Browsing 'qatar petroleum' News


Photo for illustrative purposes only.

The ongoing political and economic isolation of Qatar has only made the country and its people stronger, the president and CEO of Qatar Petroleum has said.

Speaking to Al Jazeera, Saad Sherida Al Kaabi said the Gulf crisis has not affected Qatar’s LNG exports.

Listing 18 countries that rely on Doha’s reserves, including Japan, China, Germany and the UK, he added, “There is not a buyer of LNG that does not call on Qatar to supply it.”

Al Kaabi even expressed gratitude to Saudi Arabia, Bahrain, Egypt and the UAE for taking action against his country.

“I would like to thank the four countries for their blockade, because it has made Qatar stronger, the people of Qatar stronger, their businesses stronger. We will come out of this much stronger than before,” he said.

Economic cost

Despite Al Kaabi’s remarks, Qatari officials have previously conceded that the boycott has raised expenses for the government.

For example, earlier this month Qatar’s foreign minister said it costs 10 times as much money to import food and medicine since the blockade started.

Al Meera

Turkish dairy products

The government is footing most of that bill to keep prices down for residents, he added at the time.

This is not great news for Qatar, which before the crisis had been slashing budgets amid lower global oil prices.

But officials have stressed that they have the resources to handle the challenge.

And some analysts have previously forecast that the country could ride out an economic embargo from its neighbors for months or even years.

Financial toll aside, the blockade has helped bolster Qatar’s image abroad, in that many nations have not sided with the quartet on their action.

Broken trust

Also yesterday, Al Kaabi affirmed that Qatar has no plans to cut off gas to the UAE, which depends heavily on Qatar’s gas to power its nation.

Legally, QP has that option, but “if you stop the gas, the biggest harm is to the people of the UAE. The people of the UAE are cousins, relatives, and friends … and we have nothing against them,” the CEO said.


Photo for illustrative purposes only.

Still, that doesn’t mean Qatar will forgive and forget everything that has transpired over the past seven weeks.

“The trust that we have built over the years has been broken overnight,” Al Kaabi told Al Jazeera.



Helium 2 Plant

Qatar has stopped producing helium gas at its two processing plants as a direct result of the blockading of its border with Saudi Arabia.

An unnamed official from Qatar Petroleum told Reuters that the plants were shut because Saudi Arabia had blocked overland exports of the gas.

The neighboring country, as well as the UAE and Bahrain, have sought to boycott Qatar to challenge its political leanings.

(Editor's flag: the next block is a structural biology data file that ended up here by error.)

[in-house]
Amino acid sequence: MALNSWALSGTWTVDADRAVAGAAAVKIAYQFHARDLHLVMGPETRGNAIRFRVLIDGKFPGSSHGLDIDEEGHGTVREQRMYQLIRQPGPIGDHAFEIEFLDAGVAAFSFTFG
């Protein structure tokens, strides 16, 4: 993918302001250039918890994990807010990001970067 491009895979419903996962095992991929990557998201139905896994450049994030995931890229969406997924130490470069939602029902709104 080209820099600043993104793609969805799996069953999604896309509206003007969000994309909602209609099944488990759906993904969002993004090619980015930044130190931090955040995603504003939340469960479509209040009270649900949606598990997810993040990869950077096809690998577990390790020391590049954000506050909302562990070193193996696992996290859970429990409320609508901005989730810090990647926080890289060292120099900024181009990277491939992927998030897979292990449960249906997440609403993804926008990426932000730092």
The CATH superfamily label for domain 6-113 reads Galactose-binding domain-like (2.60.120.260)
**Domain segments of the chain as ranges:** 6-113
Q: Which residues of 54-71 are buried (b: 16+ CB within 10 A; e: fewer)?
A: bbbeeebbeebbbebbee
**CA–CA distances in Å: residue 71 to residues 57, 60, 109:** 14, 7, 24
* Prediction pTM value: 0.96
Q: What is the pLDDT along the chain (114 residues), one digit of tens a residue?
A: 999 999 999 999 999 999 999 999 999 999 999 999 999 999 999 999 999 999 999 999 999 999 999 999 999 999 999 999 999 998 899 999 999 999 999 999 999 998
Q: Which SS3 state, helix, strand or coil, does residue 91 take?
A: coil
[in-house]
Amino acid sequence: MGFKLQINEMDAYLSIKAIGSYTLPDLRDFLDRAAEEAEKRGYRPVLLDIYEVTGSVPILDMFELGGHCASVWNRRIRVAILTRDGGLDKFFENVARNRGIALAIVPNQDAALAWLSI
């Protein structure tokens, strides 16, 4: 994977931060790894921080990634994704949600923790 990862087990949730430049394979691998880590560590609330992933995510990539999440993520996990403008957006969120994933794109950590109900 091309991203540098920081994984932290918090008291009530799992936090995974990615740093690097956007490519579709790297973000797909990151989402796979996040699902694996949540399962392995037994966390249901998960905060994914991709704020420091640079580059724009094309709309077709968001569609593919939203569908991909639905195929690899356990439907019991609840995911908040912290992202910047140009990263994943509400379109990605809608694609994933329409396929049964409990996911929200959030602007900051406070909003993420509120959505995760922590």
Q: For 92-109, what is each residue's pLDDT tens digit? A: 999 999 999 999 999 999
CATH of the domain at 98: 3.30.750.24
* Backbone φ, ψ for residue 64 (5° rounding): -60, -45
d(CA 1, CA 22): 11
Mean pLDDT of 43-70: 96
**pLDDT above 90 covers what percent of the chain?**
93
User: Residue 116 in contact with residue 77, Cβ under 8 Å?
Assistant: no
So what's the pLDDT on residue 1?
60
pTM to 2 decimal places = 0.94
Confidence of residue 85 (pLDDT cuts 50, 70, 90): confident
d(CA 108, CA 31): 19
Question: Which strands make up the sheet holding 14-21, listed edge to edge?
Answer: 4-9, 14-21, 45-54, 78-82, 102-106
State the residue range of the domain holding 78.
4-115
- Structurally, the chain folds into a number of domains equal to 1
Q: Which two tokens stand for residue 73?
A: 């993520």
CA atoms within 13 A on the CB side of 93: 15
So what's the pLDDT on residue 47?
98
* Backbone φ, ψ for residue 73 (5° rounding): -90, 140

Qatar is the world’s second largest helium producer, after the US.


Helium 2 Plant

Demand for the gas has grown in recent years as it being increasingly used for medical and technological purposes.

Qatar’s two plants, run by RasGas, can meet about 25 percent of the total world demand for the gas, according to RasGas’ website.

Helium shortage

Helium gas is also used in nuclear power production and deep-water diving.

Michael Pereckas / Flickr

A Helium canister

Qatar’s decision to close its processing plants may have an impact on global stocks of the gas, which is already in short supply.

In the past, doctors have called for a ban on the use of helium in balloons, in order to preserve finite stocks for other purposes.



Photo for illustrative purposes only.

Qatar’s two largest liquified natural gas (LNG) producers will merge into one company over the next 12 months to cut costs, officials have announced.

Qatar Petroleum’s RasGas and Qatargas will now be joined into a single entity called Qatargas, QP’s CEO said today.

No immediate job cuts are expected, but may occur once the new structure is in place, Saad Al Kaabi clarified, according to Reuters.

Qatar Petroleum/Facebook

QP CEO Saad al-Kaabi

Speaking to reporters at a news conference this morning, the official added that the move would save “hundreds of millions of dollars” and increase competitiveness in the market.

In a statement, he added that “the integration aims to create a truly unique global energy operator in terms of size, service and reliability.”


Falling global oil prices have caused many of Qatar’s energy companies to slash budgets and headcounts in recent years.

Since November 2014, QP has laid off some 3,000 staffers, and its subsidiary RasGas has also cut hundreds of jobs.

Plans for a corporate restructure are understood to have begun before global oil prices took a tumble.

However, as the world’s largest producer and exporter of liquified natural gas (LNG), Qatar has felt the impact of the dip. Speaking about the layoffs last year, Al Kaabi said:

“While we have no control over markets and prices, we do have control over our costs and expenditure. This will be a stable organization going forward.”